Anchor Steam(ed) up in dispute over use of “Steam” trademark for craft beer by City Steam Brewery

In a lawsuit filed two weeks ago, Anchor Steam Brewery is seeking to enforce its rights to its “Steam” trademark for beer against City Steam Brewery in Connecticut.  The case between these two brewers had been milling around the Trademark Trials and Appeals Board but now that Anchor filed suit, they’re seeking to stay that action pending resolution of this lawsuit.

According to the allegations of this latest brewer on brewer trademark suit, Anchor may have been content to leave well enough alone when City Steam was only coming our of a brewpub, but…

“ANCHOR has become aware that defendants are using in commerce the confusingly similar mark “CITY STEAM” (the “CITY STEAM MARKS”) in connection with the promotion, marketing and sale of craft beer. ANCHOR has learned that defendant CITY STEAM BREWERY initially only made and sold its CITY STEAM beer for consumption on the premises of its brewpub in Hartford, Connecticut. ANCHOR has now become aware that defendants have recently begun making and selling beer under the CITY STEAM marks not only at their bar, but also bottled or casked for distribution and sale in interstate commerce.”

Another interesting twist is that in addition to the regular claims for trademark infringement, dilution, false designation and state claims for unfair competition, Anchor is also going after City for “Cyberpiracy” under 15 U.S.C. §1125(d) for registration and use of the domain name but not the use of its website (the two are mirror images).

This lawsuit, if it eventually leads to an opinion and written decision, could end up providing some valuable guidance in the myriad of trademark disputes going on in the craft beer world where breweries with registrations for fairly common words used in either their brewery names or in a beer name are continually sending cease and desist letters to other breweries when they find out that the same word is being used in a different combination of words for another beer or brewery.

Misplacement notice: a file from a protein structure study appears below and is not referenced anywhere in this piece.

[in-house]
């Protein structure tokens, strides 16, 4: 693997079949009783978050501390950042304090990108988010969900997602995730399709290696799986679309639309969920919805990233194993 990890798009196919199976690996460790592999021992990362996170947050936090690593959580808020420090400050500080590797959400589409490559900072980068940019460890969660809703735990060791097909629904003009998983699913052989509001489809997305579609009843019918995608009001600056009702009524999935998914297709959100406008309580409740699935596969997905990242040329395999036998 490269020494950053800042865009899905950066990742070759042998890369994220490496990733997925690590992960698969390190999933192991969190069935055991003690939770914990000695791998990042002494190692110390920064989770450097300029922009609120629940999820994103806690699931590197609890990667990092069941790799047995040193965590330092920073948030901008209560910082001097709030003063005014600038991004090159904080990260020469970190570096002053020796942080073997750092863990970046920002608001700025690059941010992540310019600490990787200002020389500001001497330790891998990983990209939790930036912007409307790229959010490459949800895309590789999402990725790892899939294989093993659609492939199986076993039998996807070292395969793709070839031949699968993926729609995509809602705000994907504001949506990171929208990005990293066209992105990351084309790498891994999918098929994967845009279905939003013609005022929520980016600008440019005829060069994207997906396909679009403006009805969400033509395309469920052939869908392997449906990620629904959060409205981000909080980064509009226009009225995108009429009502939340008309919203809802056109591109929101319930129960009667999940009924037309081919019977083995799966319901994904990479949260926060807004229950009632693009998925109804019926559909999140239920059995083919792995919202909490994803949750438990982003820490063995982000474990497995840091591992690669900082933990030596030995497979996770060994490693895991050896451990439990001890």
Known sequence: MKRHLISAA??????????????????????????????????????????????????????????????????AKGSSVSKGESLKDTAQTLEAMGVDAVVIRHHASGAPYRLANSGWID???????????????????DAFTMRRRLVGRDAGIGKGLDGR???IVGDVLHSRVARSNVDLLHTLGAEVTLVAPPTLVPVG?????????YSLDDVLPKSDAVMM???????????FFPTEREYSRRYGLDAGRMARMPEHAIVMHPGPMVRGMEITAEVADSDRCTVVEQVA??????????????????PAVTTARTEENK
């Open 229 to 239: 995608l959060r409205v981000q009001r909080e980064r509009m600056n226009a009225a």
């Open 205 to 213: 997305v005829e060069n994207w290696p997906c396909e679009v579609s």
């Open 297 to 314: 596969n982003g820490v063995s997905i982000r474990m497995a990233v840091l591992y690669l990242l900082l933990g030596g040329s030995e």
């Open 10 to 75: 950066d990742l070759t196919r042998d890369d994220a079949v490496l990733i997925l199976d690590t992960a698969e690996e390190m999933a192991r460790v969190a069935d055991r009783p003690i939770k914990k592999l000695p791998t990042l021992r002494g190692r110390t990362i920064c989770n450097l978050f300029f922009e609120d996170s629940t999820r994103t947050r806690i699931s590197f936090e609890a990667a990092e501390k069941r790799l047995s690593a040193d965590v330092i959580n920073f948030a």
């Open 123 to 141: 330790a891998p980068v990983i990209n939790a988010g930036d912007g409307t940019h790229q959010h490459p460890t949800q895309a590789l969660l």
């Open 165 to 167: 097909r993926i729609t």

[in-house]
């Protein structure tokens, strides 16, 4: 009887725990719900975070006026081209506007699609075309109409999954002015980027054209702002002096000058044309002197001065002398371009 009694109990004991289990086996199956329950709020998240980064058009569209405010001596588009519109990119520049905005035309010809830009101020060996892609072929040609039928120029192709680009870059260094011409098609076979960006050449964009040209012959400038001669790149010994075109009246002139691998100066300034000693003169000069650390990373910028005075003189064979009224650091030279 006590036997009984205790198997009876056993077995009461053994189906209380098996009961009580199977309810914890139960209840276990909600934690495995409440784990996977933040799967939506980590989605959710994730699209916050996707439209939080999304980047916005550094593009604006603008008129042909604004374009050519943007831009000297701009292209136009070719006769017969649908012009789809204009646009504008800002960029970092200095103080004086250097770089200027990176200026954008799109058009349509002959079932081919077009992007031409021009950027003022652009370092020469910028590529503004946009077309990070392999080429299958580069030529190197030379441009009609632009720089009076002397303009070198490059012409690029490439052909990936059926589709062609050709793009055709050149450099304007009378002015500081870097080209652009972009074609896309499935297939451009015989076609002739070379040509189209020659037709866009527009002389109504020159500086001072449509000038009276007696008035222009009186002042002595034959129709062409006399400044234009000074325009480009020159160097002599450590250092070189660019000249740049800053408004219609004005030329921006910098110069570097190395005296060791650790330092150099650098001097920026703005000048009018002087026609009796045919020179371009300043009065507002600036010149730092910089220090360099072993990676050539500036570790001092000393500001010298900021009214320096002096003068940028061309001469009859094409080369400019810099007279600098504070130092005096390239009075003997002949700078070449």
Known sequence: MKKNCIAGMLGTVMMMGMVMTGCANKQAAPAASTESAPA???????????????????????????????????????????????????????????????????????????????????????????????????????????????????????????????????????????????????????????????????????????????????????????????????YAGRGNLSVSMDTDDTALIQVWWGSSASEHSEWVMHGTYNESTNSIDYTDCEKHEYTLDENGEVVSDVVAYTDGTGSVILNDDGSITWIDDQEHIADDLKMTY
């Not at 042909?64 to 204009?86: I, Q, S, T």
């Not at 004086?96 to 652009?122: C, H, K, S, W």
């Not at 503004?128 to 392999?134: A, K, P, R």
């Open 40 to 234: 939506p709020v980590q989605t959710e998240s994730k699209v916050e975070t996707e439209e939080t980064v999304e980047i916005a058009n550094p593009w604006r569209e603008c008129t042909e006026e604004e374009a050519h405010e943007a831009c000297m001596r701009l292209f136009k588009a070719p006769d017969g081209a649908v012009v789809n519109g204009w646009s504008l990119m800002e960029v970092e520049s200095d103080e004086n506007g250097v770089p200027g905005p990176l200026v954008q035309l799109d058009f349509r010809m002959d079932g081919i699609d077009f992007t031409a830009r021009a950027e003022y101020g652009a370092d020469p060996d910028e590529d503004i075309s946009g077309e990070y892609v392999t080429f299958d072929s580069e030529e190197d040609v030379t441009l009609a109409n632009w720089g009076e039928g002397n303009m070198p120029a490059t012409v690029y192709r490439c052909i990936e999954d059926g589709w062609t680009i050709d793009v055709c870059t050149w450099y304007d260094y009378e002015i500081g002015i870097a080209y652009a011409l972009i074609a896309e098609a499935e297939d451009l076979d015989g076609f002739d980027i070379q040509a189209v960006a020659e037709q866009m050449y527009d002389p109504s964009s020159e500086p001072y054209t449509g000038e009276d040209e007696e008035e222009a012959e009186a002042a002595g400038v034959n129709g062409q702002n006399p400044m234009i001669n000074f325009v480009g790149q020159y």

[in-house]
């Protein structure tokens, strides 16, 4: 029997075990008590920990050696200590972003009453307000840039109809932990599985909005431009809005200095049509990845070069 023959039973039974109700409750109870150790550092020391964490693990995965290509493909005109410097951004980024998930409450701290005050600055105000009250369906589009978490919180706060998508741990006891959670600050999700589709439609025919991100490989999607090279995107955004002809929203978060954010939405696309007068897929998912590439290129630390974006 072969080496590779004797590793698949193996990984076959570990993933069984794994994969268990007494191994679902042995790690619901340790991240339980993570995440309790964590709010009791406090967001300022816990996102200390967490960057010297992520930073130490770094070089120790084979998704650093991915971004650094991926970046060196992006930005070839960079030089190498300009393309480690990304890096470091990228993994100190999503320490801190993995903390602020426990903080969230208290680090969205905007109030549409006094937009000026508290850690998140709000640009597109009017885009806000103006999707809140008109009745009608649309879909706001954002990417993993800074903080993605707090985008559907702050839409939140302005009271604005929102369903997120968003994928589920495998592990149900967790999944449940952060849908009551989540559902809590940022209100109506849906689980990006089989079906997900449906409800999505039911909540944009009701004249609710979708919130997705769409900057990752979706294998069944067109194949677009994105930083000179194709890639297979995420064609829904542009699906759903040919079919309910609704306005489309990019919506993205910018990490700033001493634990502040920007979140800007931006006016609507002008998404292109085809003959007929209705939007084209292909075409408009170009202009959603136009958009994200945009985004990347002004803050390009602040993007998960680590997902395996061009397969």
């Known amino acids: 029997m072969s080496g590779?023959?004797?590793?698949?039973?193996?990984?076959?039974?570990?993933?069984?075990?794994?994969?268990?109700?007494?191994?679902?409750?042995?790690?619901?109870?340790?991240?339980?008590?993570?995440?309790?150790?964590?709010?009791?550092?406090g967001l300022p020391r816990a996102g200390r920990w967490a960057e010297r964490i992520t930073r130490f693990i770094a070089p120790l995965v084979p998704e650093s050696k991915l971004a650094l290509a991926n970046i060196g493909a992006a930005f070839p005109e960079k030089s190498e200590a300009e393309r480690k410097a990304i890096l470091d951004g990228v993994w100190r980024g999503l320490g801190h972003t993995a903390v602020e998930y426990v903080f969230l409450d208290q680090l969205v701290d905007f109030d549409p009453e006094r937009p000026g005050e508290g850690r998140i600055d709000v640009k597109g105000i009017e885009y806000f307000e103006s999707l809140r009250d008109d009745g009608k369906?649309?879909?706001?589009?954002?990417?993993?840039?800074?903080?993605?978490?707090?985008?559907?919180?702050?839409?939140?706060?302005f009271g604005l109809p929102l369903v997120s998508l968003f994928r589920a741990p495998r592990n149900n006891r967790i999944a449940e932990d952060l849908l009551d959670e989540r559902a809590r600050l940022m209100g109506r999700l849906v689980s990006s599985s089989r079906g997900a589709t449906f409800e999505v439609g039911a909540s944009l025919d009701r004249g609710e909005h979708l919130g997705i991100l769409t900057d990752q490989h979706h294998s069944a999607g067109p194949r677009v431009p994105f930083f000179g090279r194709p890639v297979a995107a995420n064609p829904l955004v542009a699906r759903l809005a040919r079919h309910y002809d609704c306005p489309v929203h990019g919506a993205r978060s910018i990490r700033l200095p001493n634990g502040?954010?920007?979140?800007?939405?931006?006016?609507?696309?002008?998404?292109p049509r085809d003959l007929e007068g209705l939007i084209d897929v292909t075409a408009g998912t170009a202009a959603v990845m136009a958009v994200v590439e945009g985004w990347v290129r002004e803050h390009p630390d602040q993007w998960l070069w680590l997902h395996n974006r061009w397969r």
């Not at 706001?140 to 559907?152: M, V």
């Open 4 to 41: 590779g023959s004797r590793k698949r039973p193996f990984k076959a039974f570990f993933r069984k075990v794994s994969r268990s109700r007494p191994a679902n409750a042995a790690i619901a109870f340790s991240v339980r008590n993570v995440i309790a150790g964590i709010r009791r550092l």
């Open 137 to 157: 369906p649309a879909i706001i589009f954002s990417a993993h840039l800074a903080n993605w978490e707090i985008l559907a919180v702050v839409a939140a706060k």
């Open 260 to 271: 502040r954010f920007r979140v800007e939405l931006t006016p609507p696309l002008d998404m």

You can find a copy of the complaint here.

Ashley Brandt

Hi there! I’m happy you’re here. My name is Ashley Brandt and I’m an attorney in Chicago representing clients in the Food and Beverage, Advertising, Media, and Real Estate industries. A while back I kept getting calls and questions from industry professionals and attorneys looking for advice and information on a fun and unique area of law that I’m lucky enough to practice in. These calls represented a serious lack of, and need for, some answers, news, and information on the legal aspects of marketing and media. I've got this deep seeded belief that information should be readily available and that the greatest benefit from the information age is open access to knowledge... so ... this blog seemed like the best way to accomplish that. I enjoy being an attorney and it’s given me some amazing opportunities, wonderful experiences, and an appreciation and love for this work. I live in Chicago and work at an exceptional law firm, Goldstein & McClintock, with some truly brilliant people. Feel free to contact me at any time with any issues, comments, concerns… frankly, after reading this far, I hope you take the time to at least let me know what you think about the blog and how I can make it a better resource.

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1 Response

  1. May 13, 2019

    […] Certainly, a use or even a mark along the lines of “made by the descendants of the founders of the James River Steam Brewery” would put this into the same territory the Sixth Circuit dealt with in the Old Taylor distillery case. This case will likely involve many of the same arguments and precedents cited in that opinion given the historic nature and Yuengling’s documented prior use – even up to the 1990’s of the name. We’ve written before about Anchor’s defense of the Steam name. […]

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